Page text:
Where will our power come from?

COLUMBIA, MISSOURI - Fitting together the pieces of Columbia's energy puzzle will take some serious work.

By 2025, the city might consume almost 400 million watts of electricity during peak hours, according to current projections. Today, its peak city load is about 270 million watts.

Additionally, within 15 years, 15 percent of the Columbia's energy must come from renewable sources to comply with a city ordinance. Renewable energy from landfill gas and wind power is projected to make up about 5 percent of total energy usage by next ear. Can Columbia continue to grow while meeting its ambitious environmental goals? Finding answers to these problems will fall to an outside consulting firm hired to create an "integrated resource plan" for power usage.

The plan will project the city's power supply needs during the next 20 years and draft solutions in cooperation with the city's Power Supply Task Force.

B&M was the highest bidder of four firms interested in the project, but Water & Light officials believe its experience working with eco-friendly cities and the fact that the company created Columbia's last such plan in 1992 warrant the cost. The firm, which also does engineering and construction management, will sign an agreement not to bid on construction work for any power stations it recommends building in Columbia.

Local officials are under no illusions that the options B&M recommends will come cheap. The cost of expanding power capacity in the next 20 years is projected to exceed $1 billion. "None of these are going to be small-cost options," Water & Light director Dan Dasho said. "But we have to be able to provide that kind of level, so what you look for is the most cost-effective approach that includes all the criteria you're looking for.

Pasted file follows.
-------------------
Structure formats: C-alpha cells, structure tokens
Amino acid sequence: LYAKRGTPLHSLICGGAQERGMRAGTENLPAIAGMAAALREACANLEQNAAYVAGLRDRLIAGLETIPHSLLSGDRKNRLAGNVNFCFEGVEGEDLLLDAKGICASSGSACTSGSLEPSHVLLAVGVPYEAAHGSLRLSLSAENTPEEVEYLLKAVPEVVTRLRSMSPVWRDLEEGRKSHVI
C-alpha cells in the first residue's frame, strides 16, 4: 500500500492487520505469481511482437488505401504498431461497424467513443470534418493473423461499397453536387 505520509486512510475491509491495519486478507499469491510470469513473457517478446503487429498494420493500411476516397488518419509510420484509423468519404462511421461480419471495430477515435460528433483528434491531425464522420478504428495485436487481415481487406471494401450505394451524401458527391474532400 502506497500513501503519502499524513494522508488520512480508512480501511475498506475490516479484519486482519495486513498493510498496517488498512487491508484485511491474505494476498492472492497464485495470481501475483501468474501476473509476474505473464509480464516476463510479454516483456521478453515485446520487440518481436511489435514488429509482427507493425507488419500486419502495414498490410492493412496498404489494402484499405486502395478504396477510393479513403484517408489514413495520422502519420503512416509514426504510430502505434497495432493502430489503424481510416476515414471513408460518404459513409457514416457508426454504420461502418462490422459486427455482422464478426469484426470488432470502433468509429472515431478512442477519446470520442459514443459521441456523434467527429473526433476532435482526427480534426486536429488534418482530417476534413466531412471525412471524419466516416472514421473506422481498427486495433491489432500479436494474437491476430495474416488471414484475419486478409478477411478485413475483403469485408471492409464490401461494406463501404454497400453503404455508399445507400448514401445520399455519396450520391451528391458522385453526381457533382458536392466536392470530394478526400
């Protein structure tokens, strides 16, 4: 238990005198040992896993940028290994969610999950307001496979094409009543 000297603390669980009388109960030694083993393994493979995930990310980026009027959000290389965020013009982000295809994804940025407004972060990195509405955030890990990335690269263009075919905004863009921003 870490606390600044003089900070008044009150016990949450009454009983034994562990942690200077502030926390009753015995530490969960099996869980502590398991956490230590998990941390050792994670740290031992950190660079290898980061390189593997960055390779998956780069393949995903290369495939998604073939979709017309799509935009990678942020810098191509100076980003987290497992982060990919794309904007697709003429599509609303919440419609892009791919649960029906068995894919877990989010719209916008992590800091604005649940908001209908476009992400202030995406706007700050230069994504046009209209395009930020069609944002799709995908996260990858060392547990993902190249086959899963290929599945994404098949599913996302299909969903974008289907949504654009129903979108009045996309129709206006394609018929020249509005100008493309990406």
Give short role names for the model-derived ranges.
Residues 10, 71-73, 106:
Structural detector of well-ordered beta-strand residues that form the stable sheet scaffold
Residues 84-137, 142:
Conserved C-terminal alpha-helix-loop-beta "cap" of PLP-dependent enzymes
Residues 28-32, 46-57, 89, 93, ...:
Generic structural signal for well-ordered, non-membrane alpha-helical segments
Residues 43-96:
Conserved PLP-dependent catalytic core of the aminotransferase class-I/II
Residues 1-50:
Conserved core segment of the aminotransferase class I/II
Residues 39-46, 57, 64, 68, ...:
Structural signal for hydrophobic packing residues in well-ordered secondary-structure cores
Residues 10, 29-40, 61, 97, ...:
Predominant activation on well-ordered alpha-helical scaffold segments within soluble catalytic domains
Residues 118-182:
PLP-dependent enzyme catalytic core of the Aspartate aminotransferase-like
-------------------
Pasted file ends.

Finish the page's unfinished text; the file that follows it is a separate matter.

Options likely will include expanding and purchasing more power from Sikeston's municipal plant and Nearman Municipal Power Plant in Kansas City and expanding Columbia's own Municipal Power Plant on Business Loop 70. A local expansion likely would include a new boiler for coal and a boiler capable of burning renewable fuel, Dasho said.

The local plant provides about 7 percent of Columbia's power and burns mainly coal. Columbia might also elect to increase its energy purchase from Iatan II, an 850 megawatt power plant under construction north of Kansas City, Dasho said. The city has agreed to purchase 20 megawatts from the plant beginning in 2008.

Kaih Harris, a principal with B&M, said the decision to purchase or build will depend on growth. "What we try to do is look at ranges around the forecast and determine what would happen if growth was higher or lower. Columbia is certainly growing, but w want to give the city different options depending on how that growth occurs," he said.



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